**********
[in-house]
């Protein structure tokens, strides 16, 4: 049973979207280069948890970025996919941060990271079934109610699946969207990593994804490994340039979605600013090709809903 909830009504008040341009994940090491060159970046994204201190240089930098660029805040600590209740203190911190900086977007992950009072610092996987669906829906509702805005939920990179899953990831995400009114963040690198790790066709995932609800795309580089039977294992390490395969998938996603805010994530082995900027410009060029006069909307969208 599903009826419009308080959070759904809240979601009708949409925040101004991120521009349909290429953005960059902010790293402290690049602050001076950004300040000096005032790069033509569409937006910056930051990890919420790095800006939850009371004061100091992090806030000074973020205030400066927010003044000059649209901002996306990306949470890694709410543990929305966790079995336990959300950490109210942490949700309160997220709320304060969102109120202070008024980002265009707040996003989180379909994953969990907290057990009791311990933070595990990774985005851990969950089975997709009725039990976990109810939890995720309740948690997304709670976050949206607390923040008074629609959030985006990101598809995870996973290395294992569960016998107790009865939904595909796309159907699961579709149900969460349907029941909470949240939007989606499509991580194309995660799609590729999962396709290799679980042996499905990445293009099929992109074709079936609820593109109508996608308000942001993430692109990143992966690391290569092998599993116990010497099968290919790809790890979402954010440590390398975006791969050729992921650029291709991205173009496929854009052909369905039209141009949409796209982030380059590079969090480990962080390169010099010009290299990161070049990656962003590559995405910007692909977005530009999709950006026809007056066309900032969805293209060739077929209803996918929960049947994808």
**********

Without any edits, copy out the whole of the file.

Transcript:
[in-house]
């Protein structure tokens, strides 16, 4: 049973979207280069948890970025996919941060990271079934109610699946969207990593994804490994340039979605600013090709809903 909830009504008040341009994940090491060159970046994204201190240089930098660029805040600590209740203190911190900086977007992950009072610092996987669906829906509702805005939920990179899953990831995400009114963040690198790790066709995932609800795309580089039977294992390490395969998938996603805010994530082995900027410009060029006069909307969208 599903009826419009308080959070759904809240979601009708949409925040101004991120521009349909290429953005960059902010790293402290690049602050001076950004300040000096005032790069033509569409937006910056930051990890919420790095800006939850009371004061100091992090806030000074973020205030400066927010003044000059649209901002996306990306949470890694709410543990929305966790079995336990959300950490109210942490949700309160997220709320304060969102109120202070008024980002265009707040996003989180379909994953969990907290057990009791311990933070595990990774985005851990969950089975997709009725039990976990109810939890995720309740948690997304709670976050949206607390923040008074629609959030985006990101598809995870996973290395294992569960016998107790009865939904595909796309159907699961579709149900969460349907029941909470949240939007989606499509991580194309995660799609590729999962396709290799679980042996499905990445293009099929992109074709079936609820593109109508996608308000942001993430692109990143992966690391290569092998599993116990010497099968290919790809790890979402954010440590390398975006791969050729992921650029291709991205173009496929854009052909369905039209141009949409796209982030380059590079969090480990962080390169010099010009290299990161070049990656962003590559995405910007692909977005530009999709950006026809007056066309900032969805293209060739077929209803996918929960049947994808």